Autism and ADHD in Women | 8 Areas of Frustration | Summary and Q&A

March 25, 2022
Mom on the Spectrum
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Autism and ADHD in Women | 8 Areas of Frustration


ADHD and autism often coexist, but their symptoms can be different, leading to underdiagnosis in women; managing both conditions can be exhausting and lead to meltdowns or shutdowns.

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Key Insights

  • 🚻 ADHD and autism are often under-diagnosed in women because their presentations are different. The American Psychological Association did not believe the two conditions could coexist until 2013 when the DSM-5 was published.
  • 🚻 There is a significant overlap between ADHD and autism, with about 30-50% of autistic people also showing signs of ADHD, and about two-thirds of people with ADHD showing signs of being autistic.
  • 🧠 People with ADHD tend to have an under-stimulated nervous system, while those with autism tend to have an over-stimulated nervous system. This can often result in feeling pulled in two different directions and lead to meltdowns or shutdowns.
  • 🔁 Individuals with ADHD and autism often have shifting special interests, finding it difficult to maintain a long-lasting focus on one topic.
  • 🗓️ Routine can be both desired and resisted by individuals with ADHD and autism. While routine can provide a sense of safety, the need for spontaneity and freedom can conflict with it.
  • 🌍 People with ADHD often crave new activities and experiences, while those with autism may prefer to stay in familiar and regulated environments.
  • 🤔 Decision-making can be challenging, with both conditions causing individuals to perseverate on one topic or struggle to choose between different options.
  • 🎓 Learning can be difficult, with ADHD making it hard to retain information and autism driving a strong impulse to research and acquire knowledge. Paying attention also requires specific coping mechanisms like stimming.
  • ⚡ Staying organized can be a struggle, with autism often necessitating organization and routine, but ADHD making it difficult to maintain organization and follow through with plans.


adhd and autism tend to be under-diagnosed in women because it presents differently also the american psychological association didn't believe that the two conditions could co-exist until 2013 when the dsm-5 was published since 2013 scientists have been working to better understand the link between autism and adhd today we're going to define both o... Read More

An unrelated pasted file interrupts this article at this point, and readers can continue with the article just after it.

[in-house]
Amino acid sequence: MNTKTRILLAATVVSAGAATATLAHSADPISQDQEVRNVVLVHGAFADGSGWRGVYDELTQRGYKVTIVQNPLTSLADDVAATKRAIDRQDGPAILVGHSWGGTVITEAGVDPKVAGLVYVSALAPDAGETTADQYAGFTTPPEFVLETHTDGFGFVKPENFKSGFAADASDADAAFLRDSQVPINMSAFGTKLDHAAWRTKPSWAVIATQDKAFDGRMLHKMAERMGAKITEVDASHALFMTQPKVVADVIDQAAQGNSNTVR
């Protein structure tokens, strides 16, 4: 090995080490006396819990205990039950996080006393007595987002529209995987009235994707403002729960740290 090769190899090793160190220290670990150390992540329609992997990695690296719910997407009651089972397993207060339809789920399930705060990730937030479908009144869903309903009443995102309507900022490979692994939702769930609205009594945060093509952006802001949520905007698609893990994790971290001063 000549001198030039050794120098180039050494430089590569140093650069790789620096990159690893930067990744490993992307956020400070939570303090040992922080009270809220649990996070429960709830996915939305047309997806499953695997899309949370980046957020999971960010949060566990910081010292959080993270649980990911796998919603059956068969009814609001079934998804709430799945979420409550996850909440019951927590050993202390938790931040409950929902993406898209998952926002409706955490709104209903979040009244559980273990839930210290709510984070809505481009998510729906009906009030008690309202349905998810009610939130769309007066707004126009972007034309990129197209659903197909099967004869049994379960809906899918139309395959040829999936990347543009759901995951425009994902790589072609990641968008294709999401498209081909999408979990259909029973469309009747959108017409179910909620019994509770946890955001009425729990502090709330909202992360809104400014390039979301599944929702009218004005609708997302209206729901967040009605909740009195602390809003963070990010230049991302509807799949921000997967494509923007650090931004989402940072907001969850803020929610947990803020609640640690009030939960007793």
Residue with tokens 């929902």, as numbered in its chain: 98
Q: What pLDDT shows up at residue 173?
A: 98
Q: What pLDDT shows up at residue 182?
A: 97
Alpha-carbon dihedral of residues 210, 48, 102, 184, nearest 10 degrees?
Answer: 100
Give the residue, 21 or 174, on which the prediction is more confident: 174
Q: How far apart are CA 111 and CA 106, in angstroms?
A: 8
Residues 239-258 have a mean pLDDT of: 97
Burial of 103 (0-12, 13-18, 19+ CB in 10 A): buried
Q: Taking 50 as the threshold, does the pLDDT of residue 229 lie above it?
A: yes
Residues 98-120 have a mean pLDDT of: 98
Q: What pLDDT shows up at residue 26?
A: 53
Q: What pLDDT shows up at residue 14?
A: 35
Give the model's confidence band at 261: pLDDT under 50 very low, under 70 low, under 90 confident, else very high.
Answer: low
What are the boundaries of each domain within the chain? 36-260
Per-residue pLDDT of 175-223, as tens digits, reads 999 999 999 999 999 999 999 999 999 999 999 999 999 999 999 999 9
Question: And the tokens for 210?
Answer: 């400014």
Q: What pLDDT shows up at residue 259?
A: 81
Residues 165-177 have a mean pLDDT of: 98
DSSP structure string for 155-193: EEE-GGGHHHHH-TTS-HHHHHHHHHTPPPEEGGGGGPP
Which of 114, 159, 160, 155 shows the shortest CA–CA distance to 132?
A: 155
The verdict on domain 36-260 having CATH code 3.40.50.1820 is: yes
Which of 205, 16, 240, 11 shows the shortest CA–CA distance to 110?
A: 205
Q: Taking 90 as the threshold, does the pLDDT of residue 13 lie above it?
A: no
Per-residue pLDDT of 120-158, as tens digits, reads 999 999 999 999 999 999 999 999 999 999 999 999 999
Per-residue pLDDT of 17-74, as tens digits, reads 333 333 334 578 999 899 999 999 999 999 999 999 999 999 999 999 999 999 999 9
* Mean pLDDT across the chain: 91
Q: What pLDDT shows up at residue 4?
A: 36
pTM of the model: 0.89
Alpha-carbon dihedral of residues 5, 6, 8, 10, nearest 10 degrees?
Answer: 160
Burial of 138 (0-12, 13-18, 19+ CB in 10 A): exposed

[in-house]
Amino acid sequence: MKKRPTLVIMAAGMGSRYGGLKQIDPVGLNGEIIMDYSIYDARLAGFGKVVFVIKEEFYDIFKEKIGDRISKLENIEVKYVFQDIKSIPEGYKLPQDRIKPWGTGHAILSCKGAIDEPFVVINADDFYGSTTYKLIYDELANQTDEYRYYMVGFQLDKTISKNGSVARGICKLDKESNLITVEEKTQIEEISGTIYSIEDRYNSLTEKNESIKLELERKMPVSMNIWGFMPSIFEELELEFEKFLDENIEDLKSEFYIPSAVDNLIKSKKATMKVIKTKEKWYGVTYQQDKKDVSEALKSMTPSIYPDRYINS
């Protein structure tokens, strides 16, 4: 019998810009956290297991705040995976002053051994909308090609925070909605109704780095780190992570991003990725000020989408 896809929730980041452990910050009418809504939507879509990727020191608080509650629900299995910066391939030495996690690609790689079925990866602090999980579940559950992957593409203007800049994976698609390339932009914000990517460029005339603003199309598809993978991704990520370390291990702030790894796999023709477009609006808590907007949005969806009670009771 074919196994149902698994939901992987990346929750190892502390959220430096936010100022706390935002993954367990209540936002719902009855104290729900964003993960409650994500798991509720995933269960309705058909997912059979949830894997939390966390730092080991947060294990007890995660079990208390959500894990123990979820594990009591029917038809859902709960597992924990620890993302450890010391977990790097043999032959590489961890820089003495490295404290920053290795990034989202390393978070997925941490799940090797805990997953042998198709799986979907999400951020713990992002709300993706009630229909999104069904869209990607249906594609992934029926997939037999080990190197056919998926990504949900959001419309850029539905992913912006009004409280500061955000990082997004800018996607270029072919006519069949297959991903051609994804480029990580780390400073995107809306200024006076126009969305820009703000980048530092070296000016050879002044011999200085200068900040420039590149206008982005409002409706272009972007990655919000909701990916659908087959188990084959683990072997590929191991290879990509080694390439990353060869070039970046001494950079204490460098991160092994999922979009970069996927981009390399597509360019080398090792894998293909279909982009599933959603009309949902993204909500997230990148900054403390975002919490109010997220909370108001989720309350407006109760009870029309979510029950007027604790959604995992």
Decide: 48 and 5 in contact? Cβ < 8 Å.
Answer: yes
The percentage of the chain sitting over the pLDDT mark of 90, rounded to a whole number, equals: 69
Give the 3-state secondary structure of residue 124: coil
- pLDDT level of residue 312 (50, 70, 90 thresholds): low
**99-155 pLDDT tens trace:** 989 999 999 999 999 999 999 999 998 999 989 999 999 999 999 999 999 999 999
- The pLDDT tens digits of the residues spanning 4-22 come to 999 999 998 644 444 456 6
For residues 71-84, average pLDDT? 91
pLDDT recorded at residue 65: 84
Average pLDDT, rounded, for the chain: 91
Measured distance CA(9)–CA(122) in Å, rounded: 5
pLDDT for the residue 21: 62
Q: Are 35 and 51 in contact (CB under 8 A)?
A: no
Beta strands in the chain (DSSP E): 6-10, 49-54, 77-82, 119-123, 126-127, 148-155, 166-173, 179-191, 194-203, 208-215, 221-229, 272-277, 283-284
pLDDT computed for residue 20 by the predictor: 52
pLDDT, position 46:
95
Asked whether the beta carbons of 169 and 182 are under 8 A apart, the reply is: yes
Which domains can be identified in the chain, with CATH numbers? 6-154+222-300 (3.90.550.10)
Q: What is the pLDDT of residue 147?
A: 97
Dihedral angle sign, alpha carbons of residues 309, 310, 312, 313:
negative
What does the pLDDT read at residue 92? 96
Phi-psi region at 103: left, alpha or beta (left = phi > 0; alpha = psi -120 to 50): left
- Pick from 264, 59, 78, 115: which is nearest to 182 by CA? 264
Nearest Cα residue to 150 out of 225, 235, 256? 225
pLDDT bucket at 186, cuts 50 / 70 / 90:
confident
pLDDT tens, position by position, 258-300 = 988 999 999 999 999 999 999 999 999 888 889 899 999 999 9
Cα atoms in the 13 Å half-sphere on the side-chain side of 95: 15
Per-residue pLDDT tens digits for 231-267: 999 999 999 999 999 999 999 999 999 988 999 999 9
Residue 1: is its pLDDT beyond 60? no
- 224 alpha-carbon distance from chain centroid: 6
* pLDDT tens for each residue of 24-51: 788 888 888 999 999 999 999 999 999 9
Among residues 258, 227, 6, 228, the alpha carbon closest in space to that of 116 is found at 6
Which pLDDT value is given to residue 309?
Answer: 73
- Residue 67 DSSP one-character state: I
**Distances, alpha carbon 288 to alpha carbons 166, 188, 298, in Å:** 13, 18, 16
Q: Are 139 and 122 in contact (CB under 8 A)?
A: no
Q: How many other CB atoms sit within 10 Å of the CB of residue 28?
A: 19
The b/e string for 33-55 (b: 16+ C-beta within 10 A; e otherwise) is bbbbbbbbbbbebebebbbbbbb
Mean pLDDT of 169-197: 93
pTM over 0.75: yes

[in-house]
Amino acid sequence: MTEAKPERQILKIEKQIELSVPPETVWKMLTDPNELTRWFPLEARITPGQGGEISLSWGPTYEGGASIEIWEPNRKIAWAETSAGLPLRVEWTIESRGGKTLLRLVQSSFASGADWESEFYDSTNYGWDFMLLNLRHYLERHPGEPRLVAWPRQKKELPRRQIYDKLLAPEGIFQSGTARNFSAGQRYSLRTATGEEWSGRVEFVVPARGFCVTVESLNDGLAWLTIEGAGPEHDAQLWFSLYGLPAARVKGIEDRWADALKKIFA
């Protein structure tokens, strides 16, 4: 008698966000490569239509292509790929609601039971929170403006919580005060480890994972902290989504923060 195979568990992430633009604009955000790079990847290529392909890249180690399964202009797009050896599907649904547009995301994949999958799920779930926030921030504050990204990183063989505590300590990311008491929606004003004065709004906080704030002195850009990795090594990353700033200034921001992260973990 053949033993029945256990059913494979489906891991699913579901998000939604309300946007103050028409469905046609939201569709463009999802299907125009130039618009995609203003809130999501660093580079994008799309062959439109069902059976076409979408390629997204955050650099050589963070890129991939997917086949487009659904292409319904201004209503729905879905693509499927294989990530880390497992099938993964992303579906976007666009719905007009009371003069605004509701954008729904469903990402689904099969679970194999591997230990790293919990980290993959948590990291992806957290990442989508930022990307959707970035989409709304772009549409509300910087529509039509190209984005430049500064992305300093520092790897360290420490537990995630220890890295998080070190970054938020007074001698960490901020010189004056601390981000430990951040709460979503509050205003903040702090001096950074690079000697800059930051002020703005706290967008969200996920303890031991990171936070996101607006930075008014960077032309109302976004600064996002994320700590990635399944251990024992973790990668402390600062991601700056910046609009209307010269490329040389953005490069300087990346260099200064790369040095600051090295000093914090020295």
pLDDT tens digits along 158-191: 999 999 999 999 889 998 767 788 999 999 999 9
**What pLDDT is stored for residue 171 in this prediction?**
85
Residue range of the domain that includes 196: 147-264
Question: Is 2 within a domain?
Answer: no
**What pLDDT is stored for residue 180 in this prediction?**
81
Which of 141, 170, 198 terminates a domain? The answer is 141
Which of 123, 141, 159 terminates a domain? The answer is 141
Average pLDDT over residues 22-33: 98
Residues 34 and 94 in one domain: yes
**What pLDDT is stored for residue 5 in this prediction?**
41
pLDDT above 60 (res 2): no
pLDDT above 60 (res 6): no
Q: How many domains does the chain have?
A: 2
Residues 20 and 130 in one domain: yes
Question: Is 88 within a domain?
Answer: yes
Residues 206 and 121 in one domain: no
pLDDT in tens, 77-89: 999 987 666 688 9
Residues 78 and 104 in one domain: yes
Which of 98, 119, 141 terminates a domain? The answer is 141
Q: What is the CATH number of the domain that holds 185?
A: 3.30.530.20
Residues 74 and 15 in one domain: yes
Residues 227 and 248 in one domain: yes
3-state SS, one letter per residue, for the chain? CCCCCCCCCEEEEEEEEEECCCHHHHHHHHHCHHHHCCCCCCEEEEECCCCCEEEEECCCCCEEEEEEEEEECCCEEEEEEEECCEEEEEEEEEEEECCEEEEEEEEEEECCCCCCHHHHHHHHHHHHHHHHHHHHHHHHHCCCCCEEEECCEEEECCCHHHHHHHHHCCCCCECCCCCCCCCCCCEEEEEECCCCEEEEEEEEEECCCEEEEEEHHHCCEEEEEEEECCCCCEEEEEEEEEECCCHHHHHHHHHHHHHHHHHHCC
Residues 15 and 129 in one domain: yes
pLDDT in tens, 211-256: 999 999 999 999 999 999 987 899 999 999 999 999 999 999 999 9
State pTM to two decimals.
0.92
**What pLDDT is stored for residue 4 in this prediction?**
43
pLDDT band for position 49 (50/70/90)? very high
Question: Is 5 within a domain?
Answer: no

Questions & Answers

Q: What are the key differences between ADHD and autism?

ADHD and autism are two separate conditions, but they can coexist. ADHD is characterized by symptoms of inattention, distractibility, poor working memory, along with additional symptoms of hyperactivity and impulsivity. Autism, on the other hand, involves challenges in social communication, repetitive behaviors, and restricted interests. While there are overlaps, ADHD tends to present with more hyperactive symptoms, whereas autism is marked by difficulties in social interaction and repetitive behaviors.

Q: Why are ADHD and autism often underdiagnosed in women?

ADHD and autism may be underdiagnosed in women because their symptoms can present differently. Women with ADHD may not exhibit the same level of hyperactivity as men, making it easier for them to go unnoticed. Similarly, women with autism may learn to mask their social difficulties in order to fit in, which can make it more challenging to identify their diagnosis.

Q: How does the intersection of ADHD and autism impact the everyday life of individuals?

Living with both ADHD and autism can be exhausting and overwhelming. Individuals may constantly feel pulled in two directions as their ADHD side craves novelty, new activities, and stimulation, while their autistic side seeks routine, predictability, and sensory regulation. This can lead to difficulties in decision-making, staying organized, and managing everyday tasks.

Q: What strategies can help manage meltdowns and shutdowns caused by ADHD and autism?

Recognizing the signs of an impending meltdown or shutdown, such as sensory overload or emotional dysregulation, is crucial. Developing sensory regulation techniques, such as deep breathing or using weighted blankets, can help calm the nervous system. Creating routine, having a support network, and understanding one's triggers are also important in managing these episodes.

Summary & Key Takeaways

  • ADHD and autism often coexist, with about two-thirds of people with ADHD showing signs of autism and 30-50% of autistic individuals showing signs of ADHD.

  • Living with both conditions can be challenging, as the symptoms and needs of ADHD and autism can be conflicting, leading to a constant push and pull between overstimulation and under-stimulation.

  • Sensory overload, difficulty staying organized, struggles with decision-making, and the need for routine and special interests are common experiences when dealing with both autism and ADHD.

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